Knowledge-based Avoidance of Drug-Resistant HIV Mutants

Richard H. Lathrop, Nicholas R. Steffen, Miriam P. Raphael, Sophia Deeds-Rubin, Michael J. Pazzani, Paul J. Cimoch, Darryl M. See, Jeremiah G. Tilles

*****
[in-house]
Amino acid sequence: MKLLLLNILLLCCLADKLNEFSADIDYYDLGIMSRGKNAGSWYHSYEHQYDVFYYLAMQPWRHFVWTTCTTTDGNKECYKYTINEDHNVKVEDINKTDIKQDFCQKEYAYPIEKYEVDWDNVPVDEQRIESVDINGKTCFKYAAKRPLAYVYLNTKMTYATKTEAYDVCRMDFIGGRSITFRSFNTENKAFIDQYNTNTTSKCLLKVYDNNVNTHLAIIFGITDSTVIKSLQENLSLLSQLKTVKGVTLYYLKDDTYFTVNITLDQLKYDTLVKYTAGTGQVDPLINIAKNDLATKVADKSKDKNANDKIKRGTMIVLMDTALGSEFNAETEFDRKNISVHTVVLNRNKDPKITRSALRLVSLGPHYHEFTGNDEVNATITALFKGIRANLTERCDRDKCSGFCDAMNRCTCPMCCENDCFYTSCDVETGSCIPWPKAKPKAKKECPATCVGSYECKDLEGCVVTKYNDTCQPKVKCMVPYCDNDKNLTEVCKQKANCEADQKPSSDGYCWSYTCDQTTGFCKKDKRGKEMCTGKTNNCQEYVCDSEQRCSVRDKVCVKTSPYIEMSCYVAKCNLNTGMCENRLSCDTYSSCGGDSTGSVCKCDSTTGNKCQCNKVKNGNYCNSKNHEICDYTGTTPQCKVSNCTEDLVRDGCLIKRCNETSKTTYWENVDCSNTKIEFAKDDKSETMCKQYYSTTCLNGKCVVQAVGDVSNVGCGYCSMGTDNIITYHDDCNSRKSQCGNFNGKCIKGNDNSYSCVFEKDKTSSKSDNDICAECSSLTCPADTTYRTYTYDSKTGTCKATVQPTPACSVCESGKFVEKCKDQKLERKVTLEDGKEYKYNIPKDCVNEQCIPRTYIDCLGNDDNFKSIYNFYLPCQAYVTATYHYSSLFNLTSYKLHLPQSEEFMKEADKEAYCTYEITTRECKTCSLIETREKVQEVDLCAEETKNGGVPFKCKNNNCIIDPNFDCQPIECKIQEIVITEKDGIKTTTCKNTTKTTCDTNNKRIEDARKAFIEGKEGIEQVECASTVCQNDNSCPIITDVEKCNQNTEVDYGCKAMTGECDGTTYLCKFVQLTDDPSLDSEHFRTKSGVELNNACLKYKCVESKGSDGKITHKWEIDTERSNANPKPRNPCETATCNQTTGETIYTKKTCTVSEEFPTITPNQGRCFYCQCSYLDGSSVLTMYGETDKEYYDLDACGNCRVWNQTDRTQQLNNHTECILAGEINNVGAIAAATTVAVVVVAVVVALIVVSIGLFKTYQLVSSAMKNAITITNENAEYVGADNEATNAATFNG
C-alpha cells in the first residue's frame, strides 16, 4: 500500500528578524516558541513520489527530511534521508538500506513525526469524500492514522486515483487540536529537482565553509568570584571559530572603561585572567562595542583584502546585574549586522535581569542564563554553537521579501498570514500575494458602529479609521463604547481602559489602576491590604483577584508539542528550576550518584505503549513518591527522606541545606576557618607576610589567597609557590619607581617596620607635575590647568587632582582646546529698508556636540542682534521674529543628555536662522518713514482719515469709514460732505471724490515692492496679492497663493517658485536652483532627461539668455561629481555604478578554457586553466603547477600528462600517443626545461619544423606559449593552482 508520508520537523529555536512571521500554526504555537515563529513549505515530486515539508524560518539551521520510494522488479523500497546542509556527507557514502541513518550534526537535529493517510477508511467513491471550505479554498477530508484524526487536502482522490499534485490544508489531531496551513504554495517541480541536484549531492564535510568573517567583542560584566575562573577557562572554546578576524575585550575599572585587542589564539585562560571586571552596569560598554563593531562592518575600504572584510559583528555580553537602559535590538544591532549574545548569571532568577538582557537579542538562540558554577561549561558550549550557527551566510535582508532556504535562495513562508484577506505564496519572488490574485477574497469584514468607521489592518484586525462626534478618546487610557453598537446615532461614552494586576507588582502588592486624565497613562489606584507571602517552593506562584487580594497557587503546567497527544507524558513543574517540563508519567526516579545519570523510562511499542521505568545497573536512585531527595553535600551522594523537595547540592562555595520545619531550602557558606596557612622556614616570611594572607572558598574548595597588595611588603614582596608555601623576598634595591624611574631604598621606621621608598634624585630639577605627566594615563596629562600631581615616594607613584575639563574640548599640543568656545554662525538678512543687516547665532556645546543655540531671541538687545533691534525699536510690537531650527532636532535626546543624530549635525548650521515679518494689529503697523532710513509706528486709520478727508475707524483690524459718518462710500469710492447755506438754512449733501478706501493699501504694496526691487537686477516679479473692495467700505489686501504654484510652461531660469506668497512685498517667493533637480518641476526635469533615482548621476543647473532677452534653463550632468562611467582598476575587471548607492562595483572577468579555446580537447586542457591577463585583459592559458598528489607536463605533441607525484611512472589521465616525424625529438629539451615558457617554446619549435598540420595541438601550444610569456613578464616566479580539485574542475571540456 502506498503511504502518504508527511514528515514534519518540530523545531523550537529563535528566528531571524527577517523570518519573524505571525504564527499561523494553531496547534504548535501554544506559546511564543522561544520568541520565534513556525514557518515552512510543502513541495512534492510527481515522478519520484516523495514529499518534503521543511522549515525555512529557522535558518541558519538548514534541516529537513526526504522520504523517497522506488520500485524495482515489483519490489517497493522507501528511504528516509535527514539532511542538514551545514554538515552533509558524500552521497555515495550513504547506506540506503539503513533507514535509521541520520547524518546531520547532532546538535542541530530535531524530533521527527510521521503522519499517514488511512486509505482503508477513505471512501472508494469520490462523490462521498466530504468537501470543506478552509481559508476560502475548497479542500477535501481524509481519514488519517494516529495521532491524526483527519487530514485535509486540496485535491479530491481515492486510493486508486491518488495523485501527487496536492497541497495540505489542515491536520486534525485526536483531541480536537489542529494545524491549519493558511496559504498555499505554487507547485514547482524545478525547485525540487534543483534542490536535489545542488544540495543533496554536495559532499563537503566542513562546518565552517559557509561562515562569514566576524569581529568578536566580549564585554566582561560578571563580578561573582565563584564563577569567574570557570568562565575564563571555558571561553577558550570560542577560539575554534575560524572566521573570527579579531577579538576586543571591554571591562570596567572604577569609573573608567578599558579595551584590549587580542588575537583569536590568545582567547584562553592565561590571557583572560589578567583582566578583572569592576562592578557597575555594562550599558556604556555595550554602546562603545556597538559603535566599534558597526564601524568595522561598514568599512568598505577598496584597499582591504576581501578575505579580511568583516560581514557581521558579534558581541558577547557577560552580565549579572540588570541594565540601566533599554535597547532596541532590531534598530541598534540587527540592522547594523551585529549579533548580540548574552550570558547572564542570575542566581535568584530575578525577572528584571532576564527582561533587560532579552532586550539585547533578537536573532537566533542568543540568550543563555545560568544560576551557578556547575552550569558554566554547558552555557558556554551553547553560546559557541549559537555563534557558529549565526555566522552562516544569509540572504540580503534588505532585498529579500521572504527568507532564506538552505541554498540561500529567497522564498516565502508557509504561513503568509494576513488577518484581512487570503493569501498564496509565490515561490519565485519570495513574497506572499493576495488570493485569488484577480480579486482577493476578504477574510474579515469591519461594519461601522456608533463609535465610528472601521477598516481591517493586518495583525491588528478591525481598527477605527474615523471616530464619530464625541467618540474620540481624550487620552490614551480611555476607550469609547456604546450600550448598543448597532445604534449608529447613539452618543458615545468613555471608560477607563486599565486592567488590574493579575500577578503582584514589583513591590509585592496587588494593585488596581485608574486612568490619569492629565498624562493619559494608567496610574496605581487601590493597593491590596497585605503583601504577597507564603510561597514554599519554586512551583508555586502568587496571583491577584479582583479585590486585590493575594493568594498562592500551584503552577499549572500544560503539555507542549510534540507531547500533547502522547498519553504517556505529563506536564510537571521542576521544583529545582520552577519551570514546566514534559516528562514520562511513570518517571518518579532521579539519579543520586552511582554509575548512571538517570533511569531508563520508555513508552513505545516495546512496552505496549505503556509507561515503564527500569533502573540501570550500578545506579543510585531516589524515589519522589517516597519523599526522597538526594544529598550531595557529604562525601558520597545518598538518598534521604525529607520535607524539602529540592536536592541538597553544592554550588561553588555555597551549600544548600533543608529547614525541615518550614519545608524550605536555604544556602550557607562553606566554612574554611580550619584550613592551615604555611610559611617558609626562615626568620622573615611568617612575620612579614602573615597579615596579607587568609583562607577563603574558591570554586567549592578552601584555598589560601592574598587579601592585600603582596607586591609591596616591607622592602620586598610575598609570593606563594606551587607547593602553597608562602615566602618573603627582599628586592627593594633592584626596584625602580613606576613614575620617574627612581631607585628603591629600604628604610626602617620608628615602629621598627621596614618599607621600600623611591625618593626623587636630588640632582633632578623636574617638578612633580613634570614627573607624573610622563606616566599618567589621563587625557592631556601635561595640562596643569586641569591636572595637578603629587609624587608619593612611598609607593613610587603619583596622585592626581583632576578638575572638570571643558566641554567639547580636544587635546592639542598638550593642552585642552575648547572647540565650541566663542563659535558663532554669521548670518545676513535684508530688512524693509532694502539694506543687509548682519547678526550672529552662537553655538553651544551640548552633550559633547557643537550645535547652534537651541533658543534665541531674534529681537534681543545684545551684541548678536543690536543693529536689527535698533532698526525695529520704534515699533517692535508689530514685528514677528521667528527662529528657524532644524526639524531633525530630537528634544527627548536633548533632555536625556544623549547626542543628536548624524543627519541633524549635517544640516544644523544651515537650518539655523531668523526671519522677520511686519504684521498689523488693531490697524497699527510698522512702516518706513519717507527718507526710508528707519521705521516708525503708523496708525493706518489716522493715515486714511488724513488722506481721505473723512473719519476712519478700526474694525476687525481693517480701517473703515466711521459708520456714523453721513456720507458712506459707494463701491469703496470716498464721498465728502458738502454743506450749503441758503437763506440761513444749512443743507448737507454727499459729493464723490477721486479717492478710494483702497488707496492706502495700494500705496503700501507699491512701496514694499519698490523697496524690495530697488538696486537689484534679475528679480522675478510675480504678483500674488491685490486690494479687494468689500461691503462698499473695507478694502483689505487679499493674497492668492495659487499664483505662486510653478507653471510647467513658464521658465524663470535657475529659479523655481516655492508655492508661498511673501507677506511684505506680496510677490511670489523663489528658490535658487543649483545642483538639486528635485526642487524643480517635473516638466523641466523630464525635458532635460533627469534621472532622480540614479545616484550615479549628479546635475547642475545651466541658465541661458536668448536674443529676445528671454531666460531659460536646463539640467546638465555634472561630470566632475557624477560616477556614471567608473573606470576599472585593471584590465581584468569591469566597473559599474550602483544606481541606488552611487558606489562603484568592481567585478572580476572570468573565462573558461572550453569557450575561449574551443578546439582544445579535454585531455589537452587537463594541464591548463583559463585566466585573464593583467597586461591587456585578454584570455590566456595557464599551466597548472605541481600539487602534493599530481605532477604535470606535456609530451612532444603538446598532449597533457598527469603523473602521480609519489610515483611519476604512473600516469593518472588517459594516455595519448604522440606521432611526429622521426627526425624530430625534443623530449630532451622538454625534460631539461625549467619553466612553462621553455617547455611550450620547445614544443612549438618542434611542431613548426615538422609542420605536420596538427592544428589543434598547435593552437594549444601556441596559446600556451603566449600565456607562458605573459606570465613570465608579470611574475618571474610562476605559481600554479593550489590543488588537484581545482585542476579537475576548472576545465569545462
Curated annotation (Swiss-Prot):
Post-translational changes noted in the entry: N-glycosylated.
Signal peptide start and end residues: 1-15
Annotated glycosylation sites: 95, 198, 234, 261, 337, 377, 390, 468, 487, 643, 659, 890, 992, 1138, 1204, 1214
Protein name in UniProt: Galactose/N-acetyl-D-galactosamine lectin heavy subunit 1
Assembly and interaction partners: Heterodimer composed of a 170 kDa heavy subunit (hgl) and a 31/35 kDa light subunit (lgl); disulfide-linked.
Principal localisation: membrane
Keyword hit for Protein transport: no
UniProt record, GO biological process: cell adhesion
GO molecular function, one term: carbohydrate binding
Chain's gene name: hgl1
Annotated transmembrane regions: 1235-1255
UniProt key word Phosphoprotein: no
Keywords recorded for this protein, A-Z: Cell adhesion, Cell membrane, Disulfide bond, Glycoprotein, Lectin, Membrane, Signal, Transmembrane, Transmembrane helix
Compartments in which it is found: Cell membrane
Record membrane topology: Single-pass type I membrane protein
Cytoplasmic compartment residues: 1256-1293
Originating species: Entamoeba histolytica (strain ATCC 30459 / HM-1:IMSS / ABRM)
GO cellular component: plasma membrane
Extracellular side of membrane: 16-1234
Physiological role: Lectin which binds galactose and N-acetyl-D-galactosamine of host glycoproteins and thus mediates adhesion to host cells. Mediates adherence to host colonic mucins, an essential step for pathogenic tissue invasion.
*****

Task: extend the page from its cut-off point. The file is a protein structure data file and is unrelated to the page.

We describe an artificial intelligence (AI) system (CTSHIV) that connects the scientific AIDS literature describing specific HIV drug resistances directly to the Customized Treatment Strategy of a specific HIV patient. Rules in the CTSHIV knowledge base encode knowledge about sequence mutations in the HIV genome that have been found to result in drug resistance in the HIV virus. Rules are applied to the actual HIV sequences of the virus strains infecting the specific patient undergoing clinical treatment in order to infer current drug resistance. A search through mutation sequence space identifies nearby drug resistant mutant strains that might arise. The possible drug treatment regimens currently approved by the US Food and Drug Administration (FDA) are considered and ranked by their estimated ability to avoid identified current and nearby drug resistant mutants. The highest-ranked treatments are recommended to the attending physician. The result is more precise treatment of individual HIV patients, and a decreased tendency to select for drug resistant genes in the global HIV gene pool. The application is currently in use in human clinical trials on HIV patients. Initial results from a small clinical trial are encouraging and further clinical trials are planned. From an AI viewpoint the case study demonstrates the extensibility of knowledge-based systems because it illustrates how existing encoded knowledge can be used to support new applications that were unanticipated when the original knowledge was encoded.


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